Thompson v. Pima County – 11/16/2010

December 1, 2010

Arizona Court of Appeals Division Two Holds That “Accrual” under the Notice of Claims Statute Differs From the “Facts Sufficient” to Support the Claim.

On October 3, 2006, Taylor Thompson drove off the edge of a road maintained by Pima County.  When she tried to correct course and reenter the road, her car veered hard to the left and flipped over, injuring Thompson.  A deputy sheriff who issued a traffic citation on the day of the accident told Taylor that potholes in the road might have contributed to the accident.

The next day, Thompson’s father and the family attorney investigated and photographed the accident scene.  They notice two large potholes, one of which seemed to have been recently scraped by a vehicle.  Pima County had been aware of the potholes before the accident and repaired them the day after the accident.

The Thompsons hired an accident reconstruction expert, who concluded that the roadway conditions had caused the accident in a report dated February 7, 2007.  Pursuant to A.R.S. § 12-821.01, the Thompsons delivered a notice of claim to Pima County on July 30, 2007.

Pima County moved for summary judgment arguing that the notice of claim had been delivered untimely.  The statute requires that a notice be delivered within 180 days “after the cause of action accrues,” defined as the point in time “when the damaged party realizes he or she has been damaged and knows or reasonably should know the cause, source, act, event, instrumentality or condition which caused or contributed to the damage.”  Pima County argued that the action accrued in October 2006, when the Thompsons first became aware that the potholes might have caused the accident.

The Thompsons argued that the cause of action could not accrue until the claiming party had developed “facts sufficient to permit the public entity . . . to understand the basis upon which liability is claimed” as required by the statute.  Noting that any notice of claim that does not contain “facts sufficient” would be rejected by the courts, the Thompsons urged the court to interpret “accrual” and “facts sufficient” as synonymous and to create a court rule that tolls the time limit for filing the notice of claim as long as an investigation begins within 180 days of the injury.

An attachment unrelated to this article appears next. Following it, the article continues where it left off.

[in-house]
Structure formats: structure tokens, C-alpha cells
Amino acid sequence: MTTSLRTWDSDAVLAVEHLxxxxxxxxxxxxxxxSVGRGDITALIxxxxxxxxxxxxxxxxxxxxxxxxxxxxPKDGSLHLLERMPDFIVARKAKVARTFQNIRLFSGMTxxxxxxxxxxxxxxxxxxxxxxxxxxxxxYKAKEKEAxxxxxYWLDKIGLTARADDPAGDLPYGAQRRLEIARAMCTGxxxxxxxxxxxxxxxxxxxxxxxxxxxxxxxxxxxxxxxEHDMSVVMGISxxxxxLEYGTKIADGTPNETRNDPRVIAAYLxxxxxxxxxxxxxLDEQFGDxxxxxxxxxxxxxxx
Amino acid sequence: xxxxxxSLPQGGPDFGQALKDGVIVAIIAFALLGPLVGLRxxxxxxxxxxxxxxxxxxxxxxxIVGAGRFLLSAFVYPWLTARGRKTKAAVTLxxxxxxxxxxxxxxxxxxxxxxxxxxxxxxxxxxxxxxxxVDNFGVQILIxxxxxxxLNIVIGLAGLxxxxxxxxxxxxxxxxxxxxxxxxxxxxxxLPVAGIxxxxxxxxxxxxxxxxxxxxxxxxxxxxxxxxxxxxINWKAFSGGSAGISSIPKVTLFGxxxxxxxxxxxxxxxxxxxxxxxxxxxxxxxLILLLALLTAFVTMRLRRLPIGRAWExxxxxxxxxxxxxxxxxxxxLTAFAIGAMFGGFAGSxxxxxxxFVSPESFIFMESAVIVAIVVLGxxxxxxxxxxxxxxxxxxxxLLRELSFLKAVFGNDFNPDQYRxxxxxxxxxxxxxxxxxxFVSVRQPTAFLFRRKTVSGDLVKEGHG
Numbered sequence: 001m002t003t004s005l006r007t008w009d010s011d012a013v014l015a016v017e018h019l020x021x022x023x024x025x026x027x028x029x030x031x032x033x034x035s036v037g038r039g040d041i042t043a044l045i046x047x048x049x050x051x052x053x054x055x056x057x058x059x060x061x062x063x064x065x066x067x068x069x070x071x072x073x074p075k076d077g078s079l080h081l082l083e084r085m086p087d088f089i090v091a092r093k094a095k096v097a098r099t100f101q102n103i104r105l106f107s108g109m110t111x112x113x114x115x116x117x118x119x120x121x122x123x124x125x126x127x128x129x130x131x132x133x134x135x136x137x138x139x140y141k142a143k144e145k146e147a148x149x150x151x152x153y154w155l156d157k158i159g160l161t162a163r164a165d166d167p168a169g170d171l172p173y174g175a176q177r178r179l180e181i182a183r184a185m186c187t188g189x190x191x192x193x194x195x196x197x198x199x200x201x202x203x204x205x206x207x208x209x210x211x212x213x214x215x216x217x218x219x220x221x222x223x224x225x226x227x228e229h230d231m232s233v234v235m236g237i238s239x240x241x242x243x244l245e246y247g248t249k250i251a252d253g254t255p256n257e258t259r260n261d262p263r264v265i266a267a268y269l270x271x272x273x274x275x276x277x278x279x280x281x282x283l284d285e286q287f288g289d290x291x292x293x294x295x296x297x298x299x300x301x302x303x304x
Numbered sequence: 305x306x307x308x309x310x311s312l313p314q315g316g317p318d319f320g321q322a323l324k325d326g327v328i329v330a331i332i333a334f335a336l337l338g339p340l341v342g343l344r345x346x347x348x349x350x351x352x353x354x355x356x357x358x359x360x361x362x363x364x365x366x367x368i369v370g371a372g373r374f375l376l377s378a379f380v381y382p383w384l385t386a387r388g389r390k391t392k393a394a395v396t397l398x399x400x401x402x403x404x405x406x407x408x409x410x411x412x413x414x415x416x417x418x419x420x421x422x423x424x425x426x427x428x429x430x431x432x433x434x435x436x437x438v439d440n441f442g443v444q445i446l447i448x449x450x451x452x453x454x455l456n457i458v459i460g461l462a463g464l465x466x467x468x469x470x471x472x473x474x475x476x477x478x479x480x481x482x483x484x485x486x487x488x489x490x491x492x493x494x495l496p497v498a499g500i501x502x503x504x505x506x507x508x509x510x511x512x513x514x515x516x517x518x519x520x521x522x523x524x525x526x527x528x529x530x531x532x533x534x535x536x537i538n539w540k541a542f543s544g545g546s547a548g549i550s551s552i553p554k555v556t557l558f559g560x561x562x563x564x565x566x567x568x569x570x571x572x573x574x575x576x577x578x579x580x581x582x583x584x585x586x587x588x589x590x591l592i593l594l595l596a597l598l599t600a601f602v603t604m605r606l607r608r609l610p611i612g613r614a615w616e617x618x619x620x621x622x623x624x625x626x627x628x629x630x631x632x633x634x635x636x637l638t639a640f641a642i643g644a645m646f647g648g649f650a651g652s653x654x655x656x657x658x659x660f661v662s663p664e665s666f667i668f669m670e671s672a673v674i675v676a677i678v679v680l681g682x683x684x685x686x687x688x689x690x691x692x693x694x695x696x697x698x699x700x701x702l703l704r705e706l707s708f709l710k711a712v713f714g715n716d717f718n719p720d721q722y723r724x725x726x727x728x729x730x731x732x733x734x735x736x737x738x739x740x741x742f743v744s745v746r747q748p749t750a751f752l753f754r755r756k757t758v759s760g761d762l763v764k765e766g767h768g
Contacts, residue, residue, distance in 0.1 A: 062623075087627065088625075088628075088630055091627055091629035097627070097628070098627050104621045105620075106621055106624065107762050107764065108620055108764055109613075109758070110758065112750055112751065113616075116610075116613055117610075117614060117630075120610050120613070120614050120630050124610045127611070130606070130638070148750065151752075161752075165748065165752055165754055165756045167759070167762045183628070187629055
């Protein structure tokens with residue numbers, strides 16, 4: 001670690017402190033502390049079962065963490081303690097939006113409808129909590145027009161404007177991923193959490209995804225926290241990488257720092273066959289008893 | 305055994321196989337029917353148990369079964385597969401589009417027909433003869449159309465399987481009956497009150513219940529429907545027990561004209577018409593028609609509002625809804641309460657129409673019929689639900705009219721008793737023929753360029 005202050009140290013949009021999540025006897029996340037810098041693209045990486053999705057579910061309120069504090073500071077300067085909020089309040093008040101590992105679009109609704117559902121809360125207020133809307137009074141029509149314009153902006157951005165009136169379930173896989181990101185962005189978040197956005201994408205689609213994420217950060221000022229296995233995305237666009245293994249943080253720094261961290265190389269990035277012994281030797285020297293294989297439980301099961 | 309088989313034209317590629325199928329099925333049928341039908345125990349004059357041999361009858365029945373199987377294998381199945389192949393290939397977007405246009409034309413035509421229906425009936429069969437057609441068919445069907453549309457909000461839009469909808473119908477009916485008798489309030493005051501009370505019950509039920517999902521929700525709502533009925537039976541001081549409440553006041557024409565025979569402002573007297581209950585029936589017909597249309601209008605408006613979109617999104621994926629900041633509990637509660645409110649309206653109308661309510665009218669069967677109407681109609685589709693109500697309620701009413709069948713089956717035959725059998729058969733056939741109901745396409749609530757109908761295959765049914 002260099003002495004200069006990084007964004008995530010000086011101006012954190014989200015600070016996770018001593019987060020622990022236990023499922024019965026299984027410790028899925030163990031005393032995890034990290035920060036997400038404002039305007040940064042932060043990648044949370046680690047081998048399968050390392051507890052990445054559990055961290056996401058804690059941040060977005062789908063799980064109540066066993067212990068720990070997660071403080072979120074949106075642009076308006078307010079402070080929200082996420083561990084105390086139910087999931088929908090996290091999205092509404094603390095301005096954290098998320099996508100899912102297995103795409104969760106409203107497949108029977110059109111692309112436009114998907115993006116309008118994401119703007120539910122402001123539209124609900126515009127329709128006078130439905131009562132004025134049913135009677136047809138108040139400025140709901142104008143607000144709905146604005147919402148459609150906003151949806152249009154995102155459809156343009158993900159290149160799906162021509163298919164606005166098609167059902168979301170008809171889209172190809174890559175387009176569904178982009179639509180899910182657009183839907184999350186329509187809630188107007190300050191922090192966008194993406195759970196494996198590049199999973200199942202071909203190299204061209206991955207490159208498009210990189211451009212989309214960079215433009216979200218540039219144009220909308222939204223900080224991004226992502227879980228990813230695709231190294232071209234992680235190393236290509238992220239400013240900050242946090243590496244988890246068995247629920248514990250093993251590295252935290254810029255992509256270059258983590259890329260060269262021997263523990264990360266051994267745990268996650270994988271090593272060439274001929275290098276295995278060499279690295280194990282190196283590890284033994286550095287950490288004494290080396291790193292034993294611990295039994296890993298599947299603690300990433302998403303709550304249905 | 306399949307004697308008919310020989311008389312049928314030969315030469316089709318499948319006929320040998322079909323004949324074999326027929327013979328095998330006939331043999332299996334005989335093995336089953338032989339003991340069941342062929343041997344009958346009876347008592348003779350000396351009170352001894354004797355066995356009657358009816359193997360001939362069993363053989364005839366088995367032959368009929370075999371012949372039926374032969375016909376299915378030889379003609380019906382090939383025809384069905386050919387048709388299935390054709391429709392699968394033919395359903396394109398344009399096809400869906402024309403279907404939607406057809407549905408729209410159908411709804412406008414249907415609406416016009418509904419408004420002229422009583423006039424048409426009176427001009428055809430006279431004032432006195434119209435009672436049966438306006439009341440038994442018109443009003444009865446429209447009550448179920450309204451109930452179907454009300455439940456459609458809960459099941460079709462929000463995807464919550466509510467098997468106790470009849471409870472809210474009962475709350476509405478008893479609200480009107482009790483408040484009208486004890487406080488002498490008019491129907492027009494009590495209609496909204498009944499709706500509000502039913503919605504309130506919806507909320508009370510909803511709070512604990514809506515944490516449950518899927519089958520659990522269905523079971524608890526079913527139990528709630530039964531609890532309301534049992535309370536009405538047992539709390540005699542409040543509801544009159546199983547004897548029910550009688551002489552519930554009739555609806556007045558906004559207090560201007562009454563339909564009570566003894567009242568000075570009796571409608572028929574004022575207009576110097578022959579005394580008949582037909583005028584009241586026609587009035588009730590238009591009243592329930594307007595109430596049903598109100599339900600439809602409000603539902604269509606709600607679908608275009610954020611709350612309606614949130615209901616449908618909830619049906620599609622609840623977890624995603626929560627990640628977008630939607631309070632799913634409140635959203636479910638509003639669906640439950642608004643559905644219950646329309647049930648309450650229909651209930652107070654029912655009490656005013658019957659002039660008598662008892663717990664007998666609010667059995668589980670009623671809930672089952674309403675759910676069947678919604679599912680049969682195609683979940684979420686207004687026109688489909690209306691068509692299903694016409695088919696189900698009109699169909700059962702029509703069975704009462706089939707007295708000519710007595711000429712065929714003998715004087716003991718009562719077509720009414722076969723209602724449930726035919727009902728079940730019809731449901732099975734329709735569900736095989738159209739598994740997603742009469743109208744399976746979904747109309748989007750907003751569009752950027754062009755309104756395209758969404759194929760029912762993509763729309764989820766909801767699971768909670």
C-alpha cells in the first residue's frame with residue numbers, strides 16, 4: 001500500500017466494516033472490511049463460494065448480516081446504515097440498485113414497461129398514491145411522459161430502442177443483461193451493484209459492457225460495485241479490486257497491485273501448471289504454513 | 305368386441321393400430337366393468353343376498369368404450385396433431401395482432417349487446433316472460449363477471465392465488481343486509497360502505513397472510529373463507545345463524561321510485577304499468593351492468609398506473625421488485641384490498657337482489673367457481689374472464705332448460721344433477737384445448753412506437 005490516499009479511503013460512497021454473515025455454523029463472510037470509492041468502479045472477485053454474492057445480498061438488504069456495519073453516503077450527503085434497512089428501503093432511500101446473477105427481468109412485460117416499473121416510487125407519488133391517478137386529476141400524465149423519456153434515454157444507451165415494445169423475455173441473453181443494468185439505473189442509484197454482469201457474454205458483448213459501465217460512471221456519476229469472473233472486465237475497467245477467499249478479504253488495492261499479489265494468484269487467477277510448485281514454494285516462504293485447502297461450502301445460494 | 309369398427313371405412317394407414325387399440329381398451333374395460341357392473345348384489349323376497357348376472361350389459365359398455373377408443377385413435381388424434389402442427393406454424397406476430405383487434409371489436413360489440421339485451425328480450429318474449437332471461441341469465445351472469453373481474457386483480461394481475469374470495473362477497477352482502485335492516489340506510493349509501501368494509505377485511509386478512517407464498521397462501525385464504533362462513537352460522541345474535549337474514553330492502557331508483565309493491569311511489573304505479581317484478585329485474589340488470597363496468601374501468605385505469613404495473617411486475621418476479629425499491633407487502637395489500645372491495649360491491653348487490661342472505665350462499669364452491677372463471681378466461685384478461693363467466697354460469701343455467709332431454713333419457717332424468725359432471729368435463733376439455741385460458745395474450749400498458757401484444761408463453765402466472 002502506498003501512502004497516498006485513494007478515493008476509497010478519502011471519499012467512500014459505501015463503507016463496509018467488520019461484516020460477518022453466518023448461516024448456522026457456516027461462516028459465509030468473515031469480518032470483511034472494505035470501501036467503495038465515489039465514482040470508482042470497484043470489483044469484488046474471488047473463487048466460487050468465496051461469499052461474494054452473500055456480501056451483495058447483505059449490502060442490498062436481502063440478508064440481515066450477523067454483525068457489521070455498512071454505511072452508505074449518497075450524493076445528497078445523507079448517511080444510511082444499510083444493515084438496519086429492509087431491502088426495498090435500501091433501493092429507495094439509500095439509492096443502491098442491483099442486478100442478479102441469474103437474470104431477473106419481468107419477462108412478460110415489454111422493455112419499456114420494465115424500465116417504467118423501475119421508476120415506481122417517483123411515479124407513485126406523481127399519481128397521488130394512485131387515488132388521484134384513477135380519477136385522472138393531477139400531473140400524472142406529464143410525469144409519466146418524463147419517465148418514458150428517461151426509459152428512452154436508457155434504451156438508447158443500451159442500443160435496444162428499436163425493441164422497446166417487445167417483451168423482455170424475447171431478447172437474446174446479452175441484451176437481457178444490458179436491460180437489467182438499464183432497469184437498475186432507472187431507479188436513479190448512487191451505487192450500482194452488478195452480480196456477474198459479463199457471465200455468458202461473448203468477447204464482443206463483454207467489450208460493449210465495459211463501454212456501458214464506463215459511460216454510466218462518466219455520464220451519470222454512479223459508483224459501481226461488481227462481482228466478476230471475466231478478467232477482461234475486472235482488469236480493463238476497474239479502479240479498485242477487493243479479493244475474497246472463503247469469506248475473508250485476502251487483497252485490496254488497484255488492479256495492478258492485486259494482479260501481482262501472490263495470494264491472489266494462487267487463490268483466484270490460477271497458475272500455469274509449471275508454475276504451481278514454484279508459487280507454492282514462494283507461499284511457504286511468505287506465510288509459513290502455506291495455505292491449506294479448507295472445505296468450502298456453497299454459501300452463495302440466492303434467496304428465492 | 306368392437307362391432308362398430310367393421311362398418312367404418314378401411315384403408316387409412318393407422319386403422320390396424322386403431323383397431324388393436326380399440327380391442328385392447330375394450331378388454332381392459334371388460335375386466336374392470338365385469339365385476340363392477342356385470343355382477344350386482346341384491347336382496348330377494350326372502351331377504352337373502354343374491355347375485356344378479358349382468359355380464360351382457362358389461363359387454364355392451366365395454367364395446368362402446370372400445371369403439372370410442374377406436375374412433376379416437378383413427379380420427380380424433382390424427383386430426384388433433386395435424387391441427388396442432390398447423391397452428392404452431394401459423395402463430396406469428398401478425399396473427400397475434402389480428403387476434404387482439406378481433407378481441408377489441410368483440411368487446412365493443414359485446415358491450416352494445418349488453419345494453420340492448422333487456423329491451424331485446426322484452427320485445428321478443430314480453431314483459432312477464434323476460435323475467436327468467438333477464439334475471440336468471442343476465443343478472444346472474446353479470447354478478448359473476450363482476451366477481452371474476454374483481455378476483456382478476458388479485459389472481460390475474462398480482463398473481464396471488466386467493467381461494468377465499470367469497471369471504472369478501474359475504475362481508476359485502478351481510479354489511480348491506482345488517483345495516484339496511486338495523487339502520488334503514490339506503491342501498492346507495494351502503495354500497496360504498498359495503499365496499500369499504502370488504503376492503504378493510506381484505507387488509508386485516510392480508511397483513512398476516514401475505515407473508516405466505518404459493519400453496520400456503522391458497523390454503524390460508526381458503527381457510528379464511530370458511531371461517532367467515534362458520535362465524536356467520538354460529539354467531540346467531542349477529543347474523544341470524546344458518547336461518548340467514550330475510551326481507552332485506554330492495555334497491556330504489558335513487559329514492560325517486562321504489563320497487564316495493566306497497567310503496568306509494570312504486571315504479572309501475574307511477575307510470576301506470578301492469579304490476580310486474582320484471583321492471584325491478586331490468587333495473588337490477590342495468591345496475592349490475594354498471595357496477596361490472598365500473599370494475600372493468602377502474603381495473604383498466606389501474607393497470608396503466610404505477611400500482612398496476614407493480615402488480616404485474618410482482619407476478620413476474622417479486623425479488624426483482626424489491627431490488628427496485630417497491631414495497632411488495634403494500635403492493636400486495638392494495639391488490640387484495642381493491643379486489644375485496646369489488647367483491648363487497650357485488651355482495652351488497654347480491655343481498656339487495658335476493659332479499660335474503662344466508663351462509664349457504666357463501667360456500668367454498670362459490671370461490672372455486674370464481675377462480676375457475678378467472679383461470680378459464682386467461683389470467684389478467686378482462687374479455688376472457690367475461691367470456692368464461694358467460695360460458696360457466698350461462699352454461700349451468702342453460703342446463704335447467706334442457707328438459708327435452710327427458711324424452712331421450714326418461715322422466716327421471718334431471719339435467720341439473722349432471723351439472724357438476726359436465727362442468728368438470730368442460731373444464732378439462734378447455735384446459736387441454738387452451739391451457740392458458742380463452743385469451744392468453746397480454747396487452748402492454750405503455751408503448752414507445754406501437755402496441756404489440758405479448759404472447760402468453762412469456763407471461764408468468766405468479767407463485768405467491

In a unanimous opinion, the court rejected the Thompsons’ argument and held that “accrual” and “facts sufficient” are two distinct concepts.  Noting that courts are bound by the intent of the legislature, the court reasoned that the 180-day gap between the “accrual” of an injury and the deadline for delivering a notice containing “facts sufficient” demonstrates that the legislature intended the terms to mean two different things.  While acknowledging that the “investigation” rule proposed by the Thompsons would be better for all claimants, the plain language of A.R.S. § 12-821.01 sets forth a different procedure: claimants have 180 days from the time they realize their injuries may have been caused by a public entity to investigate the incident and develop the facts sufficient to support their notice of claim.

While acknowledging that accrual of an injury is usually a question of fact for the jury, the record contained ample evidence of accrual prior to February 2007, including depositions by the Thompsons that they suspected within days of the accident that the potholes may have been to blame.  The court also noted in a footnote that the expert report was completed only four months after the accident, giving the Thompsons ample opportunity to file a timely notice of claim based on the October 2006 accrual date.  Because there was no genuine issue of material fact, the court upheld the entry of summary judgment against the Thompsons.

Judge Vásquez wrote the opinion; Judges Eckerstrom and Kelly concurred.